1. The question raised by this ' reference under the Court-fees Act is whether the plaintiffs in a suit instituted in the Court of the First Civil Judge of Meerut have paid sufficient court-fees. The Court of Wards executed two sale deeds of the plaintiff's property when that property was under its superintendence. Plaintiff 1 and the husband and the predecessor-in-interest of. plaintiff 2 also executed the deeds, although it is alleged that they did so because they were deceived. The plaintiffs sued for three reliefs, namely, (1) that the sale deeds should be declared invalid and ineffectual and that the possession of the property should be delivered to them; (2) that a decree for Rs. 30,000 paid in cash to the Court of Wards should be passed in favour of the plaintiffs and (3) that mesne profits should be allowed. It is admitted that the right court-fee was paid on the second and third reliefs. On the first relief the learned Judge held that the court-fee should be calculated in accordance with the provisions of Section 7 (iv) (a), Court-fees Act, that is, as it would be in a suit to obtain a declaratory decree where consequential relief was prayed. It is contended on,behalf of the Government that the first relief is really a combination of two reliefs, namely, one for possession and the other a relief involving the cancellation of or adjudging void or voidable instruments securing property. It is not suggested that a sale deed is not an instrument securing property other than money and the argument on behalf of the Government is that separate court-fees should be paid under Section 7 (iv) (a) on the relief for possession and under Section 7 (iv-A) on the relief which might involve the cancellation of the sale deeds. It seems to me that there is force in this argument. When the plaintiffs claimed that the sale deeds should be declared invalid and ineffectual that was equivalent to saying that they should be declared void because one of the plaintiffs and the predecessor-in-interest of the other one were parties to the deeds; The relief was one which could have been claimed in a separate suit under Section 39, Specific Belief Act. The reliefs to which reference is made in Section 7 (iv) (a) are those which could be obtained in a suit under Section 42, Specific Belief Act. These are two quite different reliefs. Now under Section 17, Court-fees Act, aggregate court-fees are charged in suits in which there are two or more separate and distinct causes of action and the higher fee payable is charged in respect of suits where there is one cause of action but more than one relief is claimed in the alternative. There is no provision in terms for a case where there is one cause of action but there are two or more separate reliefs which are not claimed in alternative but which are claimed in addition to each other. It seems to me in this case that the court-fee must be paid for each relief and the aggregate court-fee must be charged. It has always been so assumed in cases, for instance, of possession and mesne profits. In that view of the matter, the plaintiffs must pay a court-fee both on the relief for possession and on the relief for adjudging the deeds of sale to be void or voidable. In the alternative it may be said that causes of action for a suit under Section 39, Specific Belief Act, and a suit for possession or a suit for a declaration and possession under Section 42, Specific Belief Act, would essentially be different in which case Sub-section (1) of 17 would apply. It is unimportant to consider whether the court-fees on the relief for possession should be charged under Section 7(iv)(a) or Section 7(va) because the method of calculation will be the same. I would, therefore, hold that the report of the Inspector of Stamps was right and that there is a deficiency of Rs. 1170 in court-fees.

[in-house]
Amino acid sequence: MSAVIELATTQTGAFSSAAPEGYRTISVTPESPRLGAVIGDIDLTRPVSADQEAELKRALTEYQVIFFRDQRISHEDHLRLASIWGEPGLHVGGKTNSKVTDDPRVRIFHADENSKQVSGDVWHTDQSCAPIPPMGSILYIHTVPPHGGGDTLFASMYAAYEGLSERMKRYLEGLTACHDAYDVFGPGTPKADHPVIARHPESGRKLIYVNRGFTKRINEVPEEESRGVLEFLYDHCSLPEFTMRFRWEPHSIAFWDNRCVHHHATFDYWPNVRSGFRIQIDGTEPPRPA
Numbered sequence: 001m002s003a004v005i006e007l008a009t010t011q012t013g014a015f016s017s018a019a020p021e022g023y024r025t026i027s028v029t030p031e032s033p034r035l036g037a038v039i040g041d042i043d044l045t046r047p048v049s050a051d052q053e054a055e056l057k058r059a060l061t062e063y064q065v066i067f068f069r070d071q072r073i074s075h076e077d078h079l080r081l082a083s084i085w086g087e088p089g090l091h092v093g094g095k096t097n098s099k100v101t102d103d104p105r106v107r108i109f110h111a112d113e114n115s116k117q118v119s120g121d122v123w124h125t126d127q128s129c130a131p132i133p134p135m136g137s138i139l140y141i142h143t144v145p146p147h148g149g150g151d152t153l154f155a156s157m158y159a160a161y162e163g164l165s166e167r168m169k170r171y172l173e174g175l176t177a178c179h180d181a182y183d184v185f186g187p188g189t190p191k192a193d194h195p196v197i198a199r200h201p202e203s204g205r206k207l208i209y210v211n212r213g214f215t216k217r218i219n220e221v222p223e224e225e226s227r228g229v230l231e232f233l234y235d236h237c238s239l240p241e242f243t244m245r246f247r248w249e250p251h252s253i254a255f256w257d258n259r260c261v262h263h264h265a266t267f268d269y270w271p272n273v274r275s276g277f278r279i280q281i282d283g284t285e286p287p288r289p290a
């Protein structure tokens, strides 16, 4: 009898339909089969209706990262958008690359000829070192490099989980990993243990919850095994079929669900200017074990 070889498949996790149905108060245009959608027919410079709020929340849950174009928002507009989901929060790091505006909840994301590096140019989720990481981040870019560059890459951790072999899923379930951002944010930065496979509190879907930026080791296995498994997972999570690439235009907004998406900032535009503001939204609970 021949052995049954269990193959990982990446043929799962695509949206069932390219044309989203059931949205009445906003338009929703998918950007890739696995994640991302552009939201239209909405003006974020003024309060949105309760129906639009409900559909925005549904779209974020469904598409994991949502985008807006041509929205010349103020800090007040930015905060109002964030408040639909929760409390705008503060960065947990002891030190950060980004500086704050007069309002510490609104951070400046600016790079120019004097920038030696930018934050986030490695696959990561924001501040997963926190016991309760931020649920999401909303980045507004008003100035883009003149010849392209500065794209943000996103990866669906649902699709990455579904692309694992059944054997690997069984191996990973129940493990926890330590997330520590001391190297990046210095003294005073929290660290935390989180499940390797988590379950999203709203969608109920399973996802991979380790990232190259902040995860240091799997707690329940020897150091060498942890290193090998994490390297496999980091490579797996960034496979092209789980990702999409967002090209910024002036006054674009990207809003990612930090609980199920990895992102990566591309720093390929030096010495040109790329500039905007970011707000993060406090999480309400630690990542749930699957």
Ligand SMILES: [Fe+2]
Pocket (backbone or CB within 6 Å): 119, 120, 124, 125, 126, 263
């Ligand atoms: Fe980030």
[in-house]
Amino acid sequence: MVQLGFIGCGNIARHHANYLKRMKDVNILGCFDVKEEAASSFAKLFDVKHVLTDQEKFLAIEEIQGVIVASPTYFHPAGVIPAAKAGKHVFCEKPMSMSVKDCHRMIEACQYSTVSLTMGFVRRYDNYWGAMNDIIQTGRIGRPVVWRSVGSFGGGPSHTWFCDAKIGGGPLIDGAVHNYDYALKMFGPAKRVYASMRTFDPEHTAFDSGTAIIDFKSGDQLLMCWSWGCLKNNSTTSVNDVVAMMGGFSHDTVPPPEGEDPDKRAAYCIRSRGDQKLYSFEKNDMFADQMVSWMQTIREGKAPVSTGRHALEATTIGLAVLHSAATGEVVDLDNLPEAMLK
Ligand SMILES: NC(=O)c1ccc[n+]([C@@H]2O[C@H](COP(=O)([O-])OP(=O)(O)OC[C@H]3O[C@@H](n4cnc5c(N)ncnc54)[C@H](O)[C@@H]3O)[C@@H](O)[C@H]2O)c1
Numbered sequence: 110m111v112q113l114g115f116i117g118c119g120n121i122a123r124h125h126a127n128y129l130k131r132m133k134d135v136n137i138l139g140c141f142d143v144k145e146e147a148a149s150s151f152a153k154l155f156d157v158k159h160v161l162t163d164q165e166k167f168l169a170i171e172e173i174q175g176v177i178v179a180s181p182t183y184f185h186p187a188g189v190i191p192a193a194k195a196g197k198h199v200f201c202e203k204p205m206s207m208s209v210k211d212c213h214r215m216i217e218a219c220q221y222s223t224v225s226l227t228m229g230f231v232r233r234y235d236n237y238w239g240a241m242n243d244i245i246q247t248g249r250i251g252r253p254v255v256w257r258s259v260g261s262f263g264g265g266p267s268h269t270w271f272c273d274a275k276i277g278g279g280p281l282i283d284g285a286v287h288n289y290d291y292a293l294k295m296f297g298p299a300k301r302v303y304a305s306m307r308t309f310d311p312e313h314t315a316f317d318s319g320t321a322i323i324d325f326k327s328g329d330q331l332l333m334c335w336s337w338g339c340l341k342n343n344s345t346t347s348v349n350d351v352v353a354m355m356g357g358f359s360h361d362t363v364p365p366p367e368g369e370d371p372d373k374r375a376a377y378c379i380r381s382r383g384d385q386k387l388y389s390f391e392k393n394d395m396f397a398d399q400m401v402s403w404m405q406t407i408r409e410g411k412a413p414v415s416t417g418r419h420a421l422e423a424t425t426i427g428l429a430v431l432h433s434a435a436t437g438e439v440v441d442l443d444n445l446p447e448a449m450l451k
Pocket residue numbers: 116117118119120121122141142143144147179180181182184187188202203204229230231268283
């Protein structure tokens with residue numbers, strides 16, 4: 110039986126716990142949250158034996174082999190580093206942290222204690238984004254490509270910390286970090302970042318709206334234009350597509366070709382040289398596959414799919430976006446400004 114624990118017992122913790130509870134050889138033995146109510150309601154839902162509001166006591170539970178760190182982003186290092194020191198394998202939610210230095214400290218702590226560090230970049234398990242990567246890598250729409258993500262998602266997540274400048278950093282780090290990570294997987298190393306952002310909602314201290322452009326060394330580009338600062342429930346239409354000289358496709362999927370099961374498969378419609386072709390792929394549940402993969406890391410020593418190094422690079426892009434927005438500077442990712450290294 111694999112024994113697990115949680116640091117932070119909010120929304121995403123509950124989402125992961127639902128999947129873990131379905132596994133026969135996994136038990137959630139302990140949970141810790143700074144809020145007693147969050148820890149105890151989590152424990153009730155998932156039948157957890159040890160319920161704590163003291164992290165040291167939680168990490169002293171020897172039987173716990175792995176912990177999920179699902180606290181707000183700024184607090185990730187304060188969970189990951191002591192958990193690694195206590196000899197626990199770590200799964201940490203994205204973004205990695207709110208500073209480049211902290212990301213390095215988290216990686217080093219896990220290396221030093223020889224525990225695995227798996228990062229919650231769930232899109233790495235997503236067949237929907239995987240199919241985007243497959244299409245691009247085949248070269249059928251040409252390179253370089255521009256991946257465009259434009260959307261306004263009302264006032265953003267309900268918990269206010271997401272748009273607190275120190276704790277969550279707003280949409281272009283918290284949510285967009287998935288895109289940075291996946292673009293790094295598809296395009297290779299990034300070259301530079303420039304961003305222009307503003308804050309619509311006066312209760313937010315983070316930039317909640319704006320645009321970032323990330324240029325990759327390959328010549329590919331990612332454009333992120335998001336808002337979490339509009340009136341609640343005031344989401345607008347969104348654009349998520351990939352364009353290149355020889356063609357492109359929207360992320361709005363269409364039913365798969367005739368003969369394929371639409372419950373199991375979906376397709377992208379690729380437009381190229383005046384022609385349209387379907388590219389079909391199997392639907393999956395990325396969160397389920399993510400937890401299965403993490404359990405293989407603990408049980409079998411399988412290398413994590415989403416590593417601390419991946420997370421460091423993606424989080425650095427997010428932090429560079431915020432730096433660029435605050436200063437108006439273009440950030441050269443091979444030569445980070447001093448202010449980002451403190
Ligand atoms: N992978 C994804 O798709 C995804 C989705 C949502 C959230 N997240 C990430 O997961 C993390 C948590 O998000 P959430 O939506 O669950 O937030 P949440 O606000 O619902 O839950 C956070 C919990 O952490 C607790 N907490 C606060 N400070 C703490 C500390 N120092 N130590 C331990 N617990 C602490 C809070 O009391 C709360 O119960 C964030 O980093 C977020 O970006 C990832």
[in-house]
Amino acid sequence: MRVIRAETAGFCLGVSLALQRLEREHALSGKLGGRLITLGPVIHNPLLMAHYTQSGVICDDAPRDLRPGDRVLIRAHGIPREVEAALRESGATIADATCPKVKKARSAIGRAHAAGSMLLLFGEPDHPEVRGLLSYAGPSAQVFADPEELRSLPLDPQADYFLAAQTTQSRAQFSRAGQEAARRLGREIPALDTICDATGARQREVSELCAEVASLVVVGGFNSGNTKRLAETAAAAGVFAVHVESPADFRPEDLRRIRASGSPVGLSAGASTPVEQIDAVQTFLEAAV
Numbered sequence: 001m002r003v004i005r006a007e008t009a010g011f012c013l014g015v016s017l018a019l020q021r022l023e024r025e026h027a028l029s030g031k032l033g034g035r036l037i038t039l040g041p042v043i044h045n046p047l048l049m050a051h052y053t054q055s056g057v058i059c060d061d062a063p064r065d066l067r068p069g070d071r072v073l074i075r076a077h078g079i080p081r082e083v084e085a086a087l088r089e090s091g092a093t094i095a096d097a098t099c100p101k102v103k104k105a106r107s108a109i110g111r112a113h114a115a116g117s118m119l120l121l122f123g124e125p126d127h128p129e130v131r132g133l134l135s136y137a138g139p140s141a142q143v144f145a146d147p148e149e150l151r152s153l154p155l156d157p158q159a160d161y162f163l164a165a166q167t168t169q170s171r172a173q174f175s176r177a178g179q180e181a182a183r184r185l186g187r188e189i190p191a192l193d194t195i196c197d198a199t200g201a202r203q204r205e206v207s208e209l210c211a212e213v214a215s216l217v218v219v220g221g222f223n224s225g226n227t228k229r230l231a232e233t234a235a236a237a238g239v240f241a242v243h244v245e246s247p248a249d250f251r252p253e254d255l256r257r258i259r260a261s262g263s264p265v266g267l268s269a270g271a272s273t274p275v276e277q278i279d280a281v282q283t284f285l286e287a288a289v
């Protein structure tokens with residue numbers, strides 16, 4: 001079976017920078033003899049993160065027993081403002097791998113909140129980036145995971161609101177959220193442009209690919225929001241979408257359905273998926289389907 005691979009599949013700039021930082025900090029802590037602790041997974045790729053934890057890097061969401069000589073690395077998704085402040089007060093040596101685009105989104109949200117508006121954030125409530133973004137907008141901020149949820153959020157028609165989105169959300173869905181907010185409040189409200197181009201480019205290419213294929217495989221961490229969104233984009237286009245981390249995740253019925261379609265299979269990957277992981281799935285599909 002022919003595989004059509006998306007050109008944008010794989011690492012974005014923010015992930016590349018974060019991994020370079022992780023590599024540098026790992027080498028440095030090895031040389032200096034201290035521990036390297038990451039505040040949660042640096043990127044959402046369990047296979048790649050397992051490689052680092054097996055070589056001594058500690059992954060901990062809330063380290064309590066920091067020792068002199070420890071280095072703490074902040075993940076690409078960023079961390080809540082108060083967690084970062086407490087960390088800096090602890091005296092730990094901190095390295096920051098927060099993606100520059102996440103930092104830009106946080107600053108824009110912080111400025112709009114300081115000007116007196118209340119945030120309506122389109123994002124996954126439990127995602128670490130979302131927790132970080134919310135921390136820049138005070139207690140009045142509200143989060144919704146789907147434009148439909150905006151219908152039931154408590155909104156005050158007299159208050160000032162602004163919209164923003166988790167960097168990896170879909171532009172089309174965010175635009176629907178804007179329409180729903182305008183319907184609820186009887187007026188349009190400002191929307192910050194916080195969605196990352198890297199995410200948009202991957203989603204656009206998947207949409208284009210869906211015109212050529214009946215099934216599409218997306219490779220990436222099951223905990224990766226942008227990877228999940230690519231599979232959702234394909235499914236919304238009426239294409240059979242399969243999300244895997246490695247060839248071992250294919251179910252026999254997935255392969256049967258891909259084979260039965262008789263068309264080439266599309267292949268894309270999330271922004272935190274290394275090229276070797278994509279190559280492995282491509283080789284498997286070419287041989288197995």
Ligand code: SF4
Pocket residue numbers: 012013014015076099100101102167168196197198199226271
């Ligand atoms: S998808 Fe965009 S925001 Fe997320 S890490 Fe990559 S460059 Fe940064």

2. I agree.
3. We hold that the report of the Inspector of Stamps is right and that there is a deficiency of Rs. 1170 in court-fees.